Not a major oil producer itself, Syria's fate still has implications for this energy-rich region. The country's importance has always been as an oil transit state rather than a producer, writes Robin Mills.
Syria's fate has key implications for its oil-rich neighbours
You can't make war in the Middle East without Egypt, and you can't make peace without Syria, observed the former United States secretary of state Henry Kissinger. With key members of the regime assassinated, fighting in the streets of Damascus and border crossings in the hands of the opposition, president Bashar Al Assad's days seem to be numbered.
Not a major oil producer itself, Syria's fate still has implications for this energy-rich region. The country's importance has always been as an oil transit state rather than a producer.
During the Iran-Iraq War, to support its ally Tehran, Syria closed the Iraqi pipeline that runs to the Mediterranean.
Last July, with the uprising already well under way, Iran, Iraq and Syria signed a deal for a US$10 billion (Dh36.73bn) gas pipeline. Some observers, who should have been more familiar with Tehran's history of grandiose unrealised energy projects, took this as motivation for a western campaign against the Al Assad regime. A large part of Syria's own oil is in the largely Kurdish north-east corner, sandwiched between Iraq and Turkey (most of the rest lies farther south, along the Euphrates).
Before the uprising against Mr Al Assad, Syria's oil brought in $4bn a year, a third of the government budget. Any new government will need this money.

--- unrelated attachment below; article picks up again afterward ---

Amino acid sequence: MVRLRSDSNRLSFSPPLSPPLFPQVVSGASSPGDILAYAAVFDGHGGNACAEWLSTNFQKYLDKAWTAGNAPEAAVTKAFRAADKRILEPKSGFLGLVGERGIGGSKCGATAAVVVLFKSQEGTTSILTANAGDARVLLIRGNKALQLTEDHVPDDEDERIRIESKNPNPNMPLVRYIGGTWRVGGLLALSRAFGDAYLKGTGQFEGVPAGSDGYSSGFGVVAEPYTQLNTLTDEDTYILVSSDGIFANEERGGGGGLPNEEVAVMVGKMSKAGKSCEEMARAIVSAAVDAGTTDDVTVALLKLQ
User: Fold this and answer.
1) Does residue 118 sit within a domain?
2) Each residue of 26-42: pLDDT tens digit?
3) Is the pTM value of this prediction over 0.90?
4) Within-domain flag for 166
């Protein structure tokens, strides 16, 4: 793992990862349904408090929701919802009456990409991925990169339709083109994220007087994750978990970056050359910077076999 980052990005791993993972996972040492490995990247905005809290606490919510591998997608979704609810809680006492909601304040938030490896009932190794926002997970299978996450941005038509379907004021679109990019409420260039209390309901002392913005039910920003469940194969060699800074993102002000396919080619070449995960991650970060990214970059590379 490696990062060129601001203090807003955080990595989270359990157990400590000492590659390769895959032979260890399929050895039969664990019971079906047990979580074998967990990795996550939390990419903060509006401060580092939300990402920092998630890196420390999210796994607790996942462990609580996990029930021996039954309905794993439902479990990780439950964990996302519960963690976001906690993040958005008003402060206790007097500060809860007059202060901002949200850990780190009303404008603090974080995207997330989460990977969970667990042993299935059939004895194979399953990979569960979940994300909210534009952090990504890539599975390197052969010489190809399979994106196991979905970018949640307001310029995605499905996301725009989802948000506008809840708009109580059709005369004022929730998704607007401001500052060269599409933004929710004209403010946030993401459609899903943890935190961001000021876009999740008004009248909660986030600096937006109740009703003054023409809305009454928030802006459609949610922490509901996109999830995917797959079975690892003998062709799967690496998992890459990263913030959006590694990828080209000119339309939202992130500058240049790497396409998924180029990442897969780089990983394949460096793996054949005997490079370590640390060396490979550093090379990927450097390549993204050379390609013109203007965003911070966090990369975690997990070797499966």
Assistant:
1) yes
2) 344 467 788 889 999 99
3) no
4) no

The mountainous heartland of Mr Al Assad's Alawi sect, from which he may seek to continue the fight, commands the pipeline routes to the Mediterranean ports of Baniyas, Latakia and Tartus. Syria's offshore potential is indicated by the large Cypriot and Israeli gas discoveries nearby, but cannot be explored soon enough to make a separate Alawi entity economically viable.
If an independent state is out of reach, guerrilla warfare and pipeline sabotage may not be.
A prolonged civil war would threaten the spillover of violence into Iraq, which has already suffered a recent upsurge in bombings.
Though this would probably not affect the major oil projects around Basra, it would further undermine Baghdad's ability to translate petroleum revenues into a better life for its people.
Iran, its ally in Damascus overthrown, would be likely to redouble its efforts to exert influence in Iraq, with the GCC states apparently unable to offer a tempting alternative.
Yet even a victorious revolutionary Syrian government may be far from friendly to Iraq, on sectarian grounds and from its friendliness to Iran and to Mr Al Assad.
Already there have been reports of Iraqis in Syria being attacked as they sought to return home; Iraq has closed its borders to Syrian refugees, perhaps fearing infiltration by violent extremists. Mutual hostility would condemn Iraq's shortest westward-bound pipeline route.
As one route closes, another may open. Kurdish forces are said to be ready to enter Qamishli, the largest city in Syrian Kurdistan.
They supposedly include 650 defectors from the Syrian army who were trained in Erbil by the forces of Massoud Barzani, the president of Iraq's Kurdistan Regional Government (KRG).
About 9 per cent of Syrians are Kurdish, 1.6 million people. If they emerge as a major force in a post-Al Assad Syria, they offer an alternative route for KRG oil exports, dependent on agreement neither with Baghdad nor with Ankara.
Alternatively, the KRG can demonstrate its usefulness to Ankara by moderating Syrian Kurdish parties linked to the Kurdistan Workers Party (PKK), which has carried out a long insurgency. Just on Friday, the PKK was accused of blowing up the Iraq-Turkey oil pipeline.
Beyond these specifics, Syria, though not itself an important oil producer, is as Mr Kissinger noted a pivotal state for the world's premier energy region.
The denouement of its revolution, and the nature of the government that comes afterwards, will be a powerful example for the Middle East, whether for chaos or renewal.
Robin Mills is the head of consulting at Manaar Energy, and the author of The Myth of the Oil Crisis and Capturing Carbon
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